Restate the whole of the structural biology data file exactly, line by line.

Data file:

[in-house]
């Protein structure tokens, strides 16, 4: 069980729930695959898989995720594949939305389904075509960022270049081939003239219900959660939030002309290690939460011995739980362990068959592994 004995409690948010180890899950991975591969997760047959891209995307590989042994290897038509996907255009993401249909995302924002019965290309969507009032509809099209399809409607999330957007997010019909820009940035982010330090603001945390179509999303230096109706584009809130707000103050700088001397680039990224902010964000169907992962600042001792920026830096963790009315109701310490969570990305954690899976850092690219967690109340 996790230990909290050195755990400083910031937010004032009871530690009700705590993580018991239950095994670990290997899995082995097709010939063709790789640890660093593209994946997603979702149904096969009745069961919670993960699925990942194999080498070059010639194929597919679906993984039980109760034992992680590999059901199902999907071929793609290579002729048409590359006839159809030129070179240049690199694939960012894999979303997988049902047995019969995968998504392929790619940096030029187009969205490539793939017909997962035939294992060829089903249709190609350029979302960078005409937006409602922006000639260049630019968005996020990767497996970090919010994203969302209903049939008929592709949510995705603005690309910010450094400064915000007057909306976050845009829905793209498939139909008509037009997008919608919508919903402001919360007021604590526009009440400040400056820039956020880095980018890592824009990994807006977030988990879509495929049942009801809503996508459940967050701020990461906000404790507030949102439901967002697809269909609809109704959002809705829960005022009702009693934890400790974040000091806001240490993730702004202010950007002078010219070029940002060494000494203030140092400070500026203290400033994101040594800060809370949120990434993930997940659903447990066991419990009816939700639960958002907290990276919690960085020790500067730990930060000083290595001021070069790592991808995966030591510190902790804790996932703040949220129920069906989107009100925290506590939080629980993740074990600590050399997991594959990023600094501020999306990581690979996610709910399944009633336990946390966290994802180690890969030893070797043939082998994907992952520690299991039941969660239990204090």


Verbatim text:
[in-house]
């Protein structure tokens, strides 16, 4: 069980729930695959898989995720594949939305389904075509960022270049081939003239219900959660939030002309290690939460011995739980362990068959592994 004995409690948010180890899950991975591969997760047959891209995307590989042994290897038509996907255009993401249909995302924002019965290309969507009032509809099209399809409607999330957007997010019909820009940035982010330090603001945390179509999303230096109706584009809130707000103050700088001397680039990224902010964000169907992962600042001792920026830096963790009315109701310490969570990305954690899976850092690219967690109340 996790230990909290050195755990400083910031937010004032009871530690009700705590993580018991239950095994670990290997899995082995097709010939063709790789640890660093593209994946997603979702149904096969009745069961919670993960699925990942194999080498070059010639194929597919679906993984039980109760034992992680590999059901199902999907071929793609290579002729048409590359006839159809030129070179240049690199694939960012894999979303997988049902047995019969995968998504392929790619940096030029187009969205490539793939017909997962035939294992060829089903249709190609350029979302960078005409937006409602922006000639260049630019968005996020990767497996970090919010994203969302209903049939008929592709949510995705603005690309910010450094400064915000007057909306976050845009829905793209498939139909008509037009997008919608919508919903402001919360007021604590526009009440400040400056820039956020880095980018890592824009990994807006977030988990879509495929049942009801809503996508459940967050701020990461906000404790507030949102439901967002697809269909609809109704959002809705829960005022009702009693934890400790974040000091806001240490993730702004202010950007002078010219070029940002060494000494203030140092400070500026203290400033994101040594800060809370949120990434993930997940659903447990066991419990009816939700639960958002907290990276919690960085020790500067730990930060000083290595001021070069790592991808995966030591510190902790804790996932703040949220129920069906989107009100925290506590939080629980993740074990600590050399997991594959990023600094501020999306990581690979996610709910399944009633336990946390966290994802180690890969030893070797043939082998994907992952520690299991039941969660239990204090």